Older Adults and Dental Care: Keeping Your Teeth Healthy as You Age

Doctor with the elderly

Good oral health care is important for people of all ages. However, the older you get, the more your mouth changes. Your teeth’s nerves tend to become smaller as you age, making your teeth a lot less sensitive to cavities and other oral problems.

Maintaining proper oral care as you grow older minimizes loss of teeth which is the most common misconception connected to aging. As long as you take good care of your teeth, they should last a lifetime.

Dental Health Risks that Come with Age

Dry Mouth

Growing old does not automatically mean you will get dry mouth. However, certain things that aging brings about, like chronic conditions or more regular medications, increase the risk of getting dry mouth.

Attrition

Years of grinding and chewing can take its toll on your teeth. A decrease in enamel levels makes your teeth more susceptible to cavities.

Gum Disease

Gum disease

Gum disease, or periodontal disease, is an inflammatory condition surrounding your gums and tissues that keep your teeth in place.

Root Decay

If you’ve developed gum disease, then root decay isn’t far off as your teeth’s roots are left exposed as the gums recede. This exposure leads to a greater risk of decay.

Sensitive Teeth

Aging naturally makes your gums recede as the years go by. This leaves areas of your teeth that are not protected by enamel exposed.

Oral Care Tips for Older Adults

1. Watch what you eat

Limit your sugary food intake to minimize tooth decay. Always choose healthier food options. Veggies, fruits, grains, cereals, fish, lean meat, eggs, and dairy are great nutritious options you can include in your diet.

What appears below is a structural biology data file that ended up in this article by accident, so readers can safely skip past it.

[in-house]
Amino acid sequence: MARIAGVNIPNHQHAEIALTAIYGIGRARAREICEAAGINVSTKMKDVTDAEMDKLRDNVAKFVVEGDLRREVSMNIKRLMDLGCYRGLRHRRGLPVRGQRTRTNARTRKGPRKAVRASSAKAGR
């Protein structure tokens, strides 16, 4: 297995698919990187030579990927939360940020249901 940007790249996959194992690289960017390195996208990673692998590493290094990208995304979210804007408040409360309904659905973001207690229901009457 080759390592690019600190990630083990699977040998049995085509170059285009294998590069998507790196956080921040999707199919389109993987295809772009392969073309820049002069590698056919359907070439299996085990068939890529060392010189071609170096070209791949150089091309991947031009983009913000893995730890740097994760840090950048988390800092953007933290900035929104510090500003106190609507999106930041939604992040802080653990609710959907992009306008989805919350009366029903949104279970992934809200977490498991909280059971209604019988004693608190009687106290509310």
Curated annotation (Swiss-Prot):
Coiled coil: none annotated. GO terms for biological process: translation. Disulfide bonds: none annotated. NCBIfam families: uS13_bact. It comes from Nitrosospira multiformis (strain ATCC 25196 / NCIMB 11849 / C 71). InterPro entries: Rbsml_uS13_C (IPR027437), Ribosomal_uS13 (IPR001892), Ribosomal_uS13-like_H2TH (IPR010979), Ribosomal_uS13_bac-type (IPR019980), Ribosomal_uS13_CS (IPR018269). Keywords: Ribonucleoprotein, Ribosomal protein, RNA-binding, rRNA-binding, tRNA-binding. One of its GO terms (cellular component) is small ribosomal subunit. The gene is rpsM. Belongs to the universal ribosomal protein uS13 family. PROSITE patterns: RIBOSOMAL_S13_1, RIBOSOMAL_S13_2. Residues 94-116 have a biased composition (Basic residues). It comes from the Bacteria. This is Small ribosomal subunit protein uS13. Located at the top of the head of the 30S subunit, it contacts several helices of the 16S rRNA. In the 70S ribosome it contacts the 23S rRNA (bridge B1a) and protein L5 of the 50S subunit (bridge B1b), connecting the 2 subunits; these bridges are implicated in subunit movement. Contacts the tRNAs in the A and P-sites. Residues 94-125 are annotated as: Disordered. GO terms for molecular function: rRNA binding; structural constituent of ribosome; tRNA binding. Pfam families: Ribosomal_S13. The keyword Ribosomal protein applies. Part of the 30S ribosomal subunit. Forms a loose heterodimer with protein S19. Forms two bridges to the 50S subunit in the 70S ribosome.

2. Drink plenty of water

Water not only keeps you hydrated, but it also helps lessen tooth decay because they contain no sugar.

3. Brush your teeth and gum lines with a soft-bristled toothbrush at least twice a day

Brushing your teeth removes plaque and prevents it from building up. Using a soft-bristled toothbrush minimizes bleeding gums. If you have certain physical conditions that prevent you from brushing your teeth, go see your dentist immediately for recommendations.

4. Use soap and water to clean your dentures

Having dentures doesn’t get you off the hook. You still need to brush your gums and tongue twice a day. You may also clean your dentures using soap and water. If you are experiencing pain with your dentures, go see a dental professional. You might need a new set of dentures. There are a lot of improved ways that can help you in this area such as digital dentistry and 3D printing orthodontics.

5. Quit smoking

Smoking is one of the major causes of mouth cancer and gum disease. If you want better oral health, stay away from tobacco.

7. Visit your dentist regularly

Even if you don’t find something wrong with your teeth or you don’t feel any pain, you still need to go and see your dentist for regular check-ups. Visiting your dentist regularly helps you keep track of your oral health and can be preventive in nature.

Oral health is important for people of all ages. A healthy smile looks good on any person regardless of age. Take good care of that smile by taking care of your oral health.

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